The findings, which have been published today, Thursday 5 September, in IOP Publishing's journal Environmental Research Letters, could have wide-reaching implications for aviation policy as ozone is a potent greenhouse gas with comparable short-term effects to those of carbon dioxide (CO2).
The researchers, from Massachusetts Institute of Technology, used a global chemistry-transport model to investigate which parts of the world are specifically sensitive to the creation of ozone and therefore which individual flights create the highest amounts.
The results showed that an area over the Pacific, around 1000 km to the east of the Solomon Islands, is the most sensitive to aircraft emissions. In this region, the researchers estimated that 1 kg of aircraft emissions -- specifically oxides of nitrogen (NOx) such as nitric oxide and nitrogen dioxide -- will result in an extra 15 kg of ozone being produced in one year.
The sensitivity in this area was around five times higher than the sensitivity in Europe and 3.7 times higher than the sensitivity in North America.
Lead author of the paper, Steven Barrett, said: "Our findings show that the cleanest parts of the atmosphere exhibit the most dramatic response to new emissions. New emissions in this part of the Pacific will result in a relatively larger response from the atmosphere."
In an analysis of around 83,000 individual flights, the researchers found that the 10 highest ozone-producing flights either originated, or were destined for, either New Zealand or Australia. A flight from Sydney to Bombay was shown to produce the highest amount of ozone -- 25,300 kg -- as the majority of the flight passed through the area in the Pacific where the sensitivity was the highest.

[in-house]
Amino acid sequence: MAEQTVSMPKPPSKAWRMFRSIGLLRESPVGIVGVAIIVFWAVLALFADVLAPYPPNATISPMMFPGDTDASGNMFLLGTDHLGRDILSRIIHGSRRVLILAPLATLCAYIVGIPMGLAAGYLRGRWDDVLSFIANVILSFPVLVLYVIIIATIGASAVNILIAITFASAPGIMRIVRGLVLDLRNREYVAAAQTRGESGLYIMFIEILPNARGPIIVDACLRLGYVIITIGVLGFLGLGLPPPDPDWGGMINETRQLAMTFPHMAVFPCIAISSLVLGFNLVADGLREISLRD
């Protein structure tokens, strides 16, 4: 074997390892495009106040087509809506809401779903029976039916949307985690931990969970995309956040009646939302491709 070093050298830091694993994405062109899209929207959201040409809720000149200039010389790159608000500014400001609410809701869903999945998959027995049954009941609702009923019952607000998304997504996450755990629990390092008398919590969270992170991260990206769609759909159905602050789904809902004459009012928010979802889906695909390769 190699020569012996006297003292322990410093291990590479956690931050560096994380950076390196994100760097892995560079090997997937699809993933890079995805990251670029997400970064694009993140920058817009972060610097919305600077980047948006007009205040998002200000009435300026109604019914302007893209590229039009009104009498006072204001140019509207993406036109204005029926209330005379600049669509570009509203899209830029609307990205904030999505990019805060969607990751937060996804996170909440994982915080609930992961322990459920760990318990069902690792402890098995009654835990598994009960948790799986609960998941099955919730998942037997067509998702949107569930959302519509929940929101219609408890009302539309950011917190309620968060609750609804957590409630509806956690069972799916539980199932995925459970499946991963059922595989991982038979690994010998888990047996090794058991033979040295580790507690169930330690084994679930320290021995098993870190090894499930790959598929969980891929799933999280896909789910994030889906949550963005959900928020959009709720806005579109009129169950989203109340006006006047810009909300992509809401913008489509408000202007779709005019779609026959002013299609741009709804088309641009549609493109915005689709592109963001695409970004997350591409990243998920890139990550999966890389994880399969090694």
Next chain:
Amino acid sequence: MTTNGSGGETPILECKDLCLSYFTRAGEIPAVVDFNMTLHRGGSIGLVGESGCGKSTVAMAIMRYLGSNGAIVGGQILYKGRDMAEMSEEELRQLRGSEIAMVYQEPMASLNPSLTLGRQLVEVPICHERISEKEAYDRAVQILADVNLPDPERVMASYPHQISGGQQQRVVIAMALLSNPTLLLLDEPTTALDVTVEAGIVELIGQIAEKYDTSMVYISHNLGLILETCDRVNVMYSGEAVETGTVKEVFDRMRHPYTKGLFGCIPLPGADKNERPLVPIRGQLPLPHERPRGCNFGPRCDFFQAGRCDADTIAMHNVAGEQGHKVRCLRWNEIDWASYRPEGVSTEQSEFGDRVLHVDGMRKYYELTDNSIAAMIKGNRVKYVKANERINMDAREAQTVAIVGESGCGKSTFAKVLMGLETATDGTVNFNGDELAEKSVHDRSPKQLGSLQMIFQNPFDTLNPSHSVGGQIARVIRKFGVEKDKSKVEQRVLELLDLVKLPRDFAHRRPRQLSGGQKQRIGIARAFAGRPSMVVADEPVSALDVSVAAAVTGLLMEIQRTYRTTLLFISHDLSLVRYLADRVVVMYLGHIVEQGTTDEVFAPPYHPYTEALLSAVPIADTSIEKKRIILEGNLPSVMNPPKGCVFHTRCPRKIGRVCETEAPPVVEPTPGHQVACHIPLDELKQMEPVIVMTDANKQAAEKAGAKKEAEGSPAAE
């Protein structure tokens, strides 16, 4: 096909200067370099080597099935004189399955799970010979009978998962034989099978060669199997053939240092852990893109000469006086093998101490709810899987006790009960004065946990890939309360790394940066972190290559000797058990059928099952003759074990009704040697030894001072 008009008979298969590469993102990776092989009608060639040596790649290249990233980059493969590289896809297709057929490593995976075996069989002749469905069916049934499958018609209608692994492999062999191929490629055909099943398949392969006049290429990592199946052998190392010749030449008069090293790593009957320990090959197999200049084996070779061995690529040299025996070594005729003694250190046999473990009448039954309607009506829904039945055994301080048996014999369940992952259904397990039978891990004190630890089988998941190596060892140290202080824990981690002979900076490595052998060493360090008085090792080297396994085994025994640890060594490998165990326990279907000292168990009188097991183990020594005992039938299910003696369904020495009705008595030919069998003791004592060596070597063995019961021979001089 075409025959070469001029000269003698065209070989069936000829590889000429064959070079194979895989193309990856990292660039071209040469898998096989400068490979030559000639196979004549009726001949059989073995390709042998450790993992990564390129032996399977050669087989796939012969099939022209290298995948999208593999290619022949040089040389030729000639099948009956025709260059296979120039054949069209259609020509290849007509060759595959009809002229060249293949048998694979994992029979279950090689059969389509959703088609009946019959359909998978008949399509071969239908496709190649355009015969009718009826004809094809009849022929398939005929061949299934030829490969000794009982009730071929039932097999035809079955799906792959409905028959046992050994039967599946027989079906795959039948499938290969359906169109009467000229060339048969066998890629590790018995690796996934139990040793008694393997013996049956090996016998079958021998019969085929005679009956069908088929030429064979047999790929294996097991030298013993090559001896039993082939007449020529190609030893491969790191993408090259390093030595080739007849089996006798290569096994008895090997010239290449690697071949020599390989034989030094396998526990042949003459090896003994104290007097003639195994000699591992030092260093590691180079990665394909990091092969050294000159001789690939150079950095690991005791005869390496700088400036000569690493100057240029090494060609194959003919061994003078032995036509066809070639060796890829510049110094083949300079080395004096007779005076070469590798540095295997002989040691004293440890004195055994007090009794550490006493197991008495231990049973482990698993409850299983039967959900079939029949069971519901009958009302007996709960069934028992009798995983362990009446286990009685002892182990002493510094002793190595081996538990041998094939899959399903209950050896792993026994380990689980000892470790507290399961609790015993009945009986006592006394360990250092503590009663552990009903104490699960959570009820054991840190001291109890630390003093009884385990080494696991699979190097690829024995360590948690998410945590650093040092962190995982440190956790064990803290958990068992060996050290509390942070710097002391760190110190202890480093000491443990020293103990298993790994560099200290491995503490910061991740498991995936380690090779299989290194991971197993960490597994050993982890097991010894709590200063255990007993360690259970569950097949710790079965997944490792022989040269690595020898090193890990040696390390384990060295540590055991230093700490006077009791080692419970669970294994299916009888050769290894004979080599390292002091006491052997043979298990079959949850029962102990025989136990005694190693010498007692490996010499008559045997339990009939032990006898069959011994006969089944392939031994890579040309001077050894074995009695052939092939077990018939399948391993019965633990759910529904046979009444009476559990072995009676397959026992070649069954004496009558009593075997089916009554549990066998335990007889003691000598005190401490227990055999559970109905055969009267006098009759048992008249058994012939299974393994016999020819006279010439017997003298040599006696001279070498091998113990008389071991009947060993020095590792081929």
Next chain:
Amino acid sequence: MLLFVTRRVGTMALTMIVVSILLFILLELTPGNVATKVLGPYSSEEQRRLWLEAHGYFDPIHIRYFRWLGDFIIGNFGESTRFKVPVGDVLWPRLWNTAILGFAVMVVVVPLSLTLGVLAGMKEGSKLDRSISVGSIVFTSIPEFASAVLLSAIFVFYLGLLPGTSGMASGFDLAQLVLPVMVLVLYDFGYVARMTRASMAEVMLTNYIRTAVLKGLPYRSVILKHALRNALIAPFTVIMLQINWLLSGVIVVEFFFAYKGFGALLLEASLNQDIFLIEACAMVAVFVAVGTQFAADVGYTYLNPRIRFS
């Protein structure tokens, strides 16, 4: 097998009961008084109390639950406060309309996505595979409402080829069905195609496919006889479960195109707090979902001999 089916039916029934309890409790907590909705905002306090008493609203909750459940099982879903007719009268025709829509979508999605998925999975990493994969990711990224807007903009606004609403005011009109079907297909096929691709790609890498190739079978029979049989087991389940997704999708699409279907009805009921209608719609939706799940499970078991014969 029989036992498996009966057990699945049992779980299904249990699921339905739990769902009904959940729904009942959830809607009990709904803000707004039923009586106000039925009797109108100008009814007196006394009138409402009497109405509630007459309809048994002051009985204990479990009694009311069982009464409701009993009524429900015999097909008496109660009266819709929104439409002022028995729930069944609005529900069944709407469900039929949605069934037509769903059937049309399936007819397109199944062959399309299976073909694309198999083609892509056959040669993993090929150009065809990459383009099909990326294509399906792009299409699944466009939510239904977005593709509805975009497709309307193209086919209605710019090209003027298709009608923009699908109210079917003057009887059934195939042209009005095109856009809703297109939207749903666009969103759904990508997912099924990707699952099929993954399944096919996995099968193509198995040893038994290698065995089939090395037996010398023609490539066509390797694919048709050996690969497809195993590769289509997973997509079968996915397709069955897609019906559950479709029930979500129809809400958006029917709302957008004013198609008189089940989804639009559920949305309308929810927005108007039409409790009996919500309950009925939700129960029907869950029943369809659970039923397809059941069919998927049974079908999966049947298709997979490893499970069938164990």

Furthermore, the aircraft leaving and entering Australia and New Zealand are usually very large and the flight times are often very long, meaning more fuel would be burnt and more NOx emitted.
Ozone is a relatively short-lived greenhouse gas, and its production and destruction relies heavily on the local chemical state of the atmosphere, so its effects are felt in specific regions at specific times rather than on a global scale.
The researchers found that flights in October cause 40 per cent more NOx emissions than flights in April.
"The places that the sensitivities are highest now are the fastest growing regions in terms of civil aviation growth, so there could potentially be ways to achieve significant reductions in the climate impact of aviation by focusing on re-routing aircraft around the particular regions of the world where ozone formation is highly sensitive to NOx emissions..
"Of course, longer flights are going to burn more fuel and emit more CO2, so there will be a trade-off between increasing flight distance and other climate impacts, such as the effect of ozone. The scientific underpinning of this trade-off needs further investigation so that we have a better understanding and can see whether such a trade-off can be justified," continued Barrett.
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